Financial motivation, which is related to “a fair day’s pay for a fair day’s work”, has both its strengths and weaknesses. Money is necessary for everybody, especially for the poor who have a strong desire to earn more money so as to make a living. Hence, the specific approach that motivates employees using money could be a good way to improve performance of workers as well as productivity. On the other hand, financial motivation may also cause some problems too, such as quality and operating problems. Hall et al. (2008) list some possible methods of financial motivation, including piece rates, fringe benefits, performance related pay and profit sharing. Each method has different benefits and drawbacks to motivate workers. An example is piece-rate pay, which is recommended by Taylor, it is the wage that is paid to workers by the number of products they make in a certain period of time (Hoddersamplepages, n. d.). Workers would work harder to earn more, because the ones who produce more could get higher pay. It might be good for increasing the speed of work therefore productivity. Nevertheless, piece rates tend to make employees rush work, so lead to some quality problems, and further influence the reputation of the business. Another measure is fringe benefit, and it is the extra money that employees receive in addition to their normal wage or salary, such as a company car, free use of a house as well as private health insurance (Tutor2U, n. d. c). It can help satisfy the social needs of employees and make them loyal to the firm. At Google for example, it provides free meals for employees to motivate them to be more loyal and make profits for the company (Hall et al., 2008). However, Tutor2U (n. d. c) also points out that fringe benefits could be difficult for the firm to operate because of increasing costs that are used by individuals. Therefore, there are some obvious advantages and disadvantages of financial motivated methods.
Owing to the problems of financial incentives, firms should also use non-financial incentives to encourage workers. The similar to financial motivation, non-financial motivation has not only many significant benefits but also some drawbacks too. According to Tutor2U (n. d., b), Mayo reported that the human relations approach is the process for retaining and developing people in organizations but not using ways that involve money. A case in point is Tejas Securities Group. “The Chairman’s Cup” is a silver chalice, which is awarded by the firm each month. It is the award to the workers who contribute to the success of the whole firm, so it inspires employees to work harder toward achievement (Searchwarp, n. d.). Non-financial incentives include job enrichment, empowerment and team working (Hall et al., 2008). Job enrichment means giving workers new sets of interesting and challenging tasks, which is supported by Herzberg (Hr-scorecard-metrics, 2010). It provides employees more chances to develop their capabilities and make them gain a strong sense of achievement. On the other hand, Tutor2U (n. d. d) reports that job enrichment might make some expensive mistakes if the work is too complex for workers or they do not possess the correct skill level. As for empowerment, it gives official authority to workers to make decisions and control their own activities (Hall et al., 2008). For example, employees can arrange how to use their time and how to achieve the tasks by themselves. The advantages of empowerment are significant, one of which is making employees feel free to make the most suitable choices for themselves. The disadvantages are obvious as well. Hall et al. (2008) point out employees might be given more work with the same pay, so they may be not willing to do it. Furthermore, empowerment may increase the costs that relate to the business, such as the costs of changing the workplace and training the workers (Hall, et al., 2008). If the employees make wrong decisions, it tends to have bad effects on the whole business. As a result, both the strengths and weaknesses of non-financial incentives exist.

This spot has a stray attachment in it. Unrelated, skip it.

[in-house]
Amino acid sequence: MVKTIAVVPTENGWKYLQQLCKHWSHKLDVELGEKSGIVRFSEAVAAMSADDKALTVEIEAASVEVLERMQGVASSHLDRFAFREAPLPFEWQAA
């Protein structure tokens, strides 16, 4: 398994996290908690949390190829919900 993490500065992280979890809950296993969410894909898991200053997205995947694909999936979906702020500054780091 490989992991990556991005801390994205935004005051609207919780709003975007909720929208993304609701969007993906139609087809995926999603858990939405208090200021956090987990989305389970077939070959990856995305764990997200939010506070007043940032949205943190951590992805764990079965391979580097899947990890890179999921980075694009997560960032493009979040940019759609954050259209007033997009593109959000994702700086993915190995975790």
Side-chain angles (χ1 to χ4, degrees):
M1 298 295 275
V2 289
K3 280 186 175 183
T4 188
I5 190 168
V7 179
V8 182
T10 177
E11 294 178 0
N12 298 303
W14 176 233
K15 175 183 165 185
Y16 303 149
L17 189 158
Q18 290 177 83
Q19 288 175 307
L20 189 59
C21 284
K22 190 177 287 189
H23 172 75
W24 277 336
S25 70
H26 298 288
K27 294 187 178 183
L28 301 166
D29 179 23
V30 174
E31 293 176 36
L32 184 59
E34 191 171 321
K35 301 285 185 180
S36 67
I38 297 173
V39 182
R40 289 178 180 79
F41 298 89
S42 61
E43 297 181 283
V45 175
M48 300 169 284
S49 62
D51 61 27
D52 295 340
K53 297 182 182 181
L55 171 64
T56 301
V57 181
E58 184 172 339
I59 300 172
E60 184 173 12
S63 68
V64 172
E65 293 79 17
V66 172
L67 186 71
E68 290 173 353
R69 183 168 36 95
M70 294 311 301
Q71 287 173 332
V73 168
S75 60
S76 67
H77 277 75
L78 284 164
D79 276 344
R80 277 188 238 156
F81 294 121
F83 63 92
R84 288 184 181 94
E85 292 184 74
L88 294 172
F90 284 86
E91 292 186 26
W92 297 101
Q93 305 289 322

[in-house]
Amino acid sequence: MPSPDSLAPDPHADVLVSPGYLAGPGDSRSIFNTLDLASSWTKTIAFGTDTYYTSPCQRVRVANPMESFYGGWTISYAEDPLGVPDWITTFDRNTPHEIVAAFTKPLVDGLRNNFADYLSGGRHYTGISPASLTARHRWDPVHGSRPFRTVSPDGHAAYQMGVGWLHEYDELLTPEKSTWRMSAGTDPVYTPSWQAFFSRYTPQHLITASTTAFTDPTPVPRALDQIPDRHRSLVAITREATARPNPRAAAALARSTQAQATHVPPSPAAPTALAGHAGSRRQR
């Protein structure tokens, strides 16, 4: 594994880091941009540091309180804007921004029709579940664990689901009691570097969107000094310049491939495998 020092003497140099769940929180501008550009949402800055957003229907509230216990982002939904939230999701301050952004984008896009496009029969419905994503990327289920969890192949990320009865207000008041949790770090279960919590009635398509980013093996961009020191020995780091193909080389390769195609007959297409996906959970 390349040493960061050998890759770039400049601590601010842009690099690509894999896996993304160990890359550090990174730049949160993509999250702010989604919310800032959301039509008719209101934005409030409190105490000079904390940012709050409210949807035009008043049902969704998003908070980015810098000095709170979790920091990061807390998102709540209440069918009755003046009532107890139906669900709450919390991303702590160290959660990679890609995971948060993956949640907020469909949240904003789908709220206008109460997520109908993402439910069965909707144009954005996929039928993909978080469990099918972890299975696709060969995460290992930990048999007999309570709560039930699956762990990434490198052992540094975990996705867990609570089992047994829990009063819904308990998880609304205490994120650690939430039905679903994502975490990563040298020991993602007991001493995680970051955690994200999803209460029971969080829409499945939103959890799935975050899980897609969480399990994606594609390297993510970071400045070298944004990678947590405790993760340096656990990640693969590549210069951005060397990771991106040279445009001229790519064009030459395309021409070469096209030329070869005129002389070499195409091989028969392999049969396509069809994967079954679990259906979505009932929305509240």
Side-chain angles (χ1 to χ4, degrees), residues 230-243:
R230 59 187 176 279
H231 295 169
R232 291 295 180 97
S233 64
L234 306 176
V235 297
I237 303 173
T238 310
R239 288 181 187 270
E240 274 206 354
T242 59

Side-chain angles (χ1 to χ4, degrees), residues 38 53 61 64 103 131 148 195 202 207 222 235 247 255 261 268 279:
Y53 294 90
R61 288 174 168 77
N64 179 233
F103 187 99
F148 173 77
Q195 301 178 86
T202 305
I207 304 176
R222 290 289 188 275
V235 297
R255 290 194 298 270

To sum up, according to Maslow’s hierarchy of needs as well as McGregor’s theory X and theory Y, different workers may have different needs to be met through motivation. On the one hand, either financial motivation or non-financial motivation is useful to encourage employees. On the other hand, both of the methods have their drawbacks as well. As far as I am concerned, these two methods are both beneficial for a business to motivate its employees, improve productivity, then earn more profits and achieve the business objectives. Thus, a business ought to combine these two methods, and use them together reasonably. The business should also take advantage of both financial as well as non-financial motivation, and try to avoid some unnecessary problems depending on specific needs of employees and real conditions of work.